Thank you all for your replies.
I still have a lot to learn.

My problem is that I feel better when eating whatever I want in NZ and Australia, than I do in USA on my gluten-free diet. I want to understand why so that I can do the best thing for my health.

If no outward signs doesn't equate to no damage, then how will I ever know if my diet is effective?


Since my gluten-free diet while in USA is not totally working for me (it has helped a lot, but not completely) then I must be sensitive to something additional that I haven't been able to pin down yet, or else I am still getting gluten somewhere in my diet.

When I first went to Australia I hadn't been diagnosed (only suspected) but since then the doctor has confirmed damaged Villi.

I keep trying to eliminate things from my diet to see what helps, but the conflicting indications I got from my visit to NZ/Aus really confuses me. Could it be possible that something other than gluten causes the same type of damage? Or that i am sensitive to some gluten and not others?

From messages on this forum, it looks like some people have very complex issues. Perhaps my experience in Australia is just misleading me. But how do you find out what affects you and what doesn't? Is it just through elimination and experimentation?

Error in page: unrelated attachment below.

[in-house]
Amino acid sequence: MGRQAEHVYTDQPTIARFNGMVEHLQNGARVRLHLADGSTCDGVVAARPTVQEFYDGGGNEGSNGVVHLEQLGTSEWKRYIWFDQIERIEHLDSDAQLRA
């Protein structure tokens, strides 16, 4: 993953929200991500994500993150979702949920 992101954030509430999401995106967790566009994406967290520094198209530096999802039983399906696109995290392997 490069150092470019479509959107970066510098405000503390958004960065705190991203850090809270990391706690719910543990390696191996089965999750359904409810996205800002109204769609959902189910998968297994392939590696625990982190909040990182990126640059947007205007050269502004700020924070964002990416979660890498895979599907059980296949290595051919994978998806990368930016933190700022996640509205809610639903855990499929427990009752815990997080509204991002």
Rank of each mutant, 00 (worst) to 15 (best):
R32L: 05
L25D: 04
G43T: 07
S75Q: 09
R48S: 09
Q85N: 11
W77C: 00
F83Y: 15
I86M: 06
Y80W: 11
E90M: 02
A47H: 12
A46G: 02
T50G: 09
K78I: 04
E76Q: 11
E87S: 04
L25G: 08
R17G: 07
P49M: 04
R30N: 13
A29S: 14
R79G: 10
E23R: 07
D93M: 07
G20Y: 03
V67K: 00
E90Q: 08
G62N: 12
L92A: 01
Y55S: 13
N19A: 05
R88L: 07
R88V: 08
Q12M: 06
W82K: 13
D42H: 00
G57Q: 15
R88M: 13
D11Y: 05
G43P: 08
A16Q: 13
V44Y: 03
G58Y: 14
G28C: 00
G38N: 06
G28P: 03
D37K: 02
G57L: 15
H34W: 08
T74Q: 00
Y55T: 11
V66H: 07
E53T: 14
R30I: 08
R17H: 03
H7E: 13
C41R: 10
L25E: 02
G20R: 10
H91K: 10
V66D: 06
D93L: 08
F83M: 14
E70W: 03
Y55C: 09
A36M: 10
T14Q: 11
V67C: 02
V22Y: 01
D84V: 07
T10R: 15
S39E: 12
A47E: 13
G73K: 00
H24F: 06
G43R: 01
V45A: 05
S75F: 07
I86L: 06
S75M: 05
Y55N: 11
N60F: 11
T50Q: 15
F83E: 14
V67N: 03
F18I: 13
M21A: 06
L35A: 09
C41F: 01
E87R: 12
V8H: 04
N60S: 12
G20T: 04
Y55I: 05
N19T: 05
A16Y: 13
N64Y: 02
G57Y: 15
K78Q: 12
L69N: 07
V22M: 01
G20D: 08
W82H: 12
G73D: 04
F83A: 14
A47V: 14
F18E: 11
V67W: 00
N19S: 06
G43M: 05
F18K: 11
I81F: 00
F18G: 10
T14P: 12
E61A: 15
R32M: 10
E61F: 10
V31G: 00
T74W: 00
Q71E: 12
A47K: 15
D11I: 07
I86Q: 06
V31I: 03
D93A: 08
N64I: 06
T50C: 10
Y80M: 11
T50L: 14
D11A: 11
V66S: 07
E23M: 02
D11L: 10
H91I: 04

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#6 mushroom

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Posted 13 December 2012 - 10:29 PM

At first I didn't think it was possible to be intolerant of more than one food group :rolleyes: But since I had identical reactions to corn and gluten, and still reacted after eliminating gluten, I gave up the corn. One problem solved :) But then others presented themselves, one by one. Just when I thought I had things sorted, another would pop up. I later found out I still had a leaky gut, and things I was eating a lot of were leaking through and setting off the autoimmune and sometimes even allergic-type (hives) reactions.

Yes, an elimination diet is the best way to find this out. I learned this too late :( so I did a lot of trial and error until things became glaringly obvious.

I would suggest eliminating corn first; as I said in my pp, I was all right with corn in NZ for a long time, but eventually could not tolerate it there either.

If you are still having issues, then go to a full elimination -- find at least five basic foods to which you do not react which provide appropriate nutrition and try stabilize on those. Then add one new food in per week, keeping a record of what and when you eat and how you feel, what your reactions are. Add another food the next week. Obviously, it is best if the foods you are adding are things you do not expect to bother you and are not in the top-ten food allergens.